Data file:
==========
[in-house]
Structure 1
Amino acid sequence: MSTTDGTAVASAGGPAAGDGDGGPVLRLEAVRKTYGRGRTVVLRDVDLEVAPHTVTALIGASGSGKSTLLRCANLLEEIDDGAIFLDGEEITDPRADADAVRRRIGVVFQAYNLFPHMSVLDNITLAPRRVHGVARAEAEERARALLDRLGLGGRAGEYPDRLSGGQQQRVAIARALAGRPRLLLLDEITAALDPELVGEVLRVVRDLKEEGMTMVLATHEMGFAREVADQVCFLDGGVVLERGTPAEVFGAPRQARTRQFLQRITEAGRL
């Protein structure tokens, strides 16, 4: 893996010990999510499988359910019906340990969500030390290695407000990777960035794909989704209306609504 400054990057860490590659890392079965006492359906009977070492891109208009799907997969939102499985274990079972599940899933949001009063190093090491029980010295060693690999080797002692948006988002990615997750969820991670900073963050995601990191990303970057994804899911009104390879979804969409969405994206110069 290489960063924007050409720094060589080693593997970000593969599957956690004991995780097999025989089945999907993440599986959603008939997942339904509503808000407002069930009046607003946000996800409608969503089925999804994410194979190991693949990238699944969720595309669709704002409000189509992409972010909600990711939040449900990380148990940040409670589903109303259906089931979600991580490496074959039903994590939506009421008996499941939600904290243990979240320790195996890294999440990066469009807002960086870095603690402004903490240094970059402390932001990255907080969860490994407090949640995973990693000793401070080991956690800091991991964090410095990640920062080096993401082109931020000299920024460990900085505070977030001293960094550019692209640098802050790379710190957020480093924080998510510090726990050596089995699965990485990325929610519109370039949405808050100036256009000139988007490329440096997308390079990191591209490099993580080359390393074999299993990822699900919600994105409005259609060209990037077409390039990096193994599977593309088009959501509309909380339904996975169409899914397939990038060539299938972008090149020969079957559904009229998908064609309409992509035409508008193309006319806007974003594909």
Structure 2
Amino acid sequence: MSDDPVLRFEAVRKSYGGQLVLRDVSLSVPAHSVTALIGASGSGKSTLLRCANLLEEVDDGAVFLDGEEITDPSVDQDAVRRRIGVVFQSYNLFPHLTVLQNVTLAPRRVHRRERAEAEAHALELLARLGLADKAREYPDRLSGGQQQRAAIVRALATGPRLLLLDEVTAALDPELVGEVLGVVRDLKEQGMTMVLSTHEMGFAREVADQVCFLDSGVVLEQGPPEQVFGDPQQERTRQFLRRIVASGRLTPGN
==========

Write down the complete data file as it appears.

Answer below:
[in-house]
Structure 1
Amino acid sequence: MSTTDGTAVASAGGPAAGDGDGGPVLRLEAVRKTYGRGRTVVLRDVDLEVAPHTVTALIGASGSGKSTLLRCANLLEEIDDGAIFLDGEEITDPRADADAVRRRIGVVFQAYNLFPHMSVLDNITLAPRRVHGVARAEAEERARALLDRLGLGGRAGEYPDRLSGGQQQRVAIARALAGRPRLLLLDEITAALDPELVGEVLRVVRDLKEEGMTMVLATHEMGFAREVADQVCFLDGGVVLERGTPAEVFGAPRQARTRQFLQRITEAGRL
């Protein structure tokens, strides 16, 4: 893996010990999510499988359910019906340990969500030390290695407000990777960035794909989704209306609504 400054990057860490590659890392079965006492359906009977070492891109208009799907997969939102499985274990079972599940899933949001009063190093090491029980010295060693690999080797002692948006988002990615997750969820991670900073963050995601990191990303970057994804899911009104390879979804969409969405994206110069 290489960063924007050409720094060589080693593997970000593969599957956690004991995780097999025989089945999907993440599986959603008939997942339904509503808000407002069930009046607003946000996800409608969503089925999804994410194979190991693949990238699944969720595309669709704002409000189509992409972010909600990711939040449900990380148990940040409670589903109303259906089931979600991580490496074959039903994590939506009421008996499941939600904290243990979240320790195996890294999440990066469009807002960086870095603690402004903490240094970059402390932001990255907080969860490994407090949640995973990693000793401070080991956690800091991991964090410095990640920062080096993401082109931020000299920024460990900085505070977030001293960094550019692209640098802050790379710190957020480093924080998510510090726990050596089995699965990485990325929610519109370039949405808050100036256009000139988007490329440096997308390079990191591209490099993580080359390393074999299993990822699900919600994105409005259609060209990037077409390039990096193994599977593309088009959501509309909380339904996975169409899914397939990038060539299938972008090149020969079957559904009229998908064609309409992509035409508008193309006319806007974003594909």
Structure 2
Amino acid sequence: MSDDPVLRFEAVRKSYGGQLVLRDVSLSVPAHSVTALIGASGSGKSTLLRCANLLEEVDDGAVFLDGEEITDPSVDQDAVRRRIGVVFQSYNLFPHLTVLQNVTLAPRRVHRRERAEAEAHALELLARLGLADKAREYPDRLSGGQQQRAAIVRALATGPRLLLLDEVTAALDPELVGEVLGVVRDLKEQGMTMVLSTHEMGFAREVADQVCFLDSGVVLEQGPPEQVFGDPQQERTRQFLRRIVASGRLTPGN